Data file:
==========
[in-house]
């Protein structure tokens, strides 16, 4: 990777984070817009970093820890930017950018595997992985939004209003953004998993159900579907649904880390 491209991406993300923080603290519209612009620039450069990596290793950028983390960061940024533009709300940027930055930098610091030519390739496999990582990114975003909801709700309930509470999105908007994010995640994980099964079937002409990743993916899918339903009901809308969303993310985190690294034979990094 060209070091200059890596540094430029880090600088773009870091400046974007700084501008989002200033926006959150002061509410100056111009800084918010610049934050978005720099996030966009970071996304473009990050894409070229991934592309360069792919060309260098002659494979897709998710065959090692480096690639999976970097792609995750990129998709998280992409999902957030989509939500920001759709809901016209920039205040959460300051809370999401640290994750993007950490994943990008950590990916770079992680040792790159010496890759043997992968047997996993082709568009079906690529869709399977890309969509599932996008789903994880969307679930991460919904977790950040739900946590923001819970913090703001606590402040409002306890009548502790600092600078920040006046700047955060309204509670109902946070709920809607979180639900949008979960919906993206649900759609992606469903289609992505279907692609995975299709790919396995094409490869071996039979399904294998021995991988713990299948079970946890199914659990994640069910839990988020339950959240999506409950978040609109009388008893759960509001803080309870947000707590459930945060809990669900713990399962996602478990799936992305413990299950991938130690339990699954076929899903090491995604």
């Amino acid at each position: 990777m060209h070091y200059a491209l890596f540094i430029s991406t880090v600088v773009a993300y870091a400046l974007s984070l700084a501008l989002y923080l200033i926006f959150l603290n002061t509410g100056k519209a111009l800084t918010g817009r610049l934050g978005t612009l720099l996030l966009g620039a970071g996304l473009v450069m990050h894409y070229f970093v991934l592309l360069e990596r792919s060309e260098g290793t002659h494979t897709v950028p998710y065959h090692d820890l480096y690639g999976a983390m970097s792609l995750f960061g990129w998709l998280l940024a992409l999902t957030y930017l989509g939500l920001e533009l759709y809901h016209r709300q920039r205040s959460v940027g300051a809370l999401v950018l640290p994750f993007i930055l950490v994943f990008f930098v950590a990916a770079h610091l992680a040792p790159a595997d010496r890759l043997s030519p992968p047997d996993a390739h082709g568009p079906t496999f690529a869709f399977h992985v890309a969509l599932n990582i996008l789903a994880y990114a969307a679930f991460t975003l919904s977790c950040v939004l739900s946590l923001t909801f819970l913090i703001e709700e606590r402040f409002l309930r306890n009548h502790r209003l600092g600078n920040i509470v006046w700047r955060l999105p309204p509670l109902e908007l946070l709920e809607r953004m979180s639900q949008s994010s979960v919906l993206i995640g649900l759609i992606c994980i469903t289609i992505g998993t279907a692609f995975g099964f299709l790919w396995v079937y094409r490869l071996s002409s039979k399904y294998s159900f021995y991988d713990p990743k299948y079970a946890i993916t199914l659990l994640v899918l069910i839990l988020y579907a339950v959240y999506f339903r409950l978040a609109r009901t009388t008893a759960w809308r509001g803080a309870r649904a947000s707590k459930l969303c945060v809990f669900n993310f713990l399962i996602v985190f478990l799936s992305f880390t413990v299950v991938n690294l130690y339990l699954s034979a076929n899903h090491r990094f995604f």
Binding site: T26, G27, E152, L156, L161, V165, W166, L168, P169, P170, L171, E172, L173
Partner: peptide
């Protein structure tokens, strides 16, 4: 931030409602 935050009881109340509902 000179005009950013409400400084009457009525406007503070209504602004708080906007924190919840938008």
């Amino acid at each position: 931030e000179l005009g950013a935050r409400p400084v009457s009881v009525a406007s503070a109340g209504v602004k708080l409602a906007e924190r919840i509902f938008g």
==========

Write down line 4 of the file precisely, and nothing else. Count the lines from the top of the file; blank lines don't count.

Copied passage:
Binding site: T26, G27, E152, L156, L161, V165, W166, L168, P169, P170, L171, E172, L173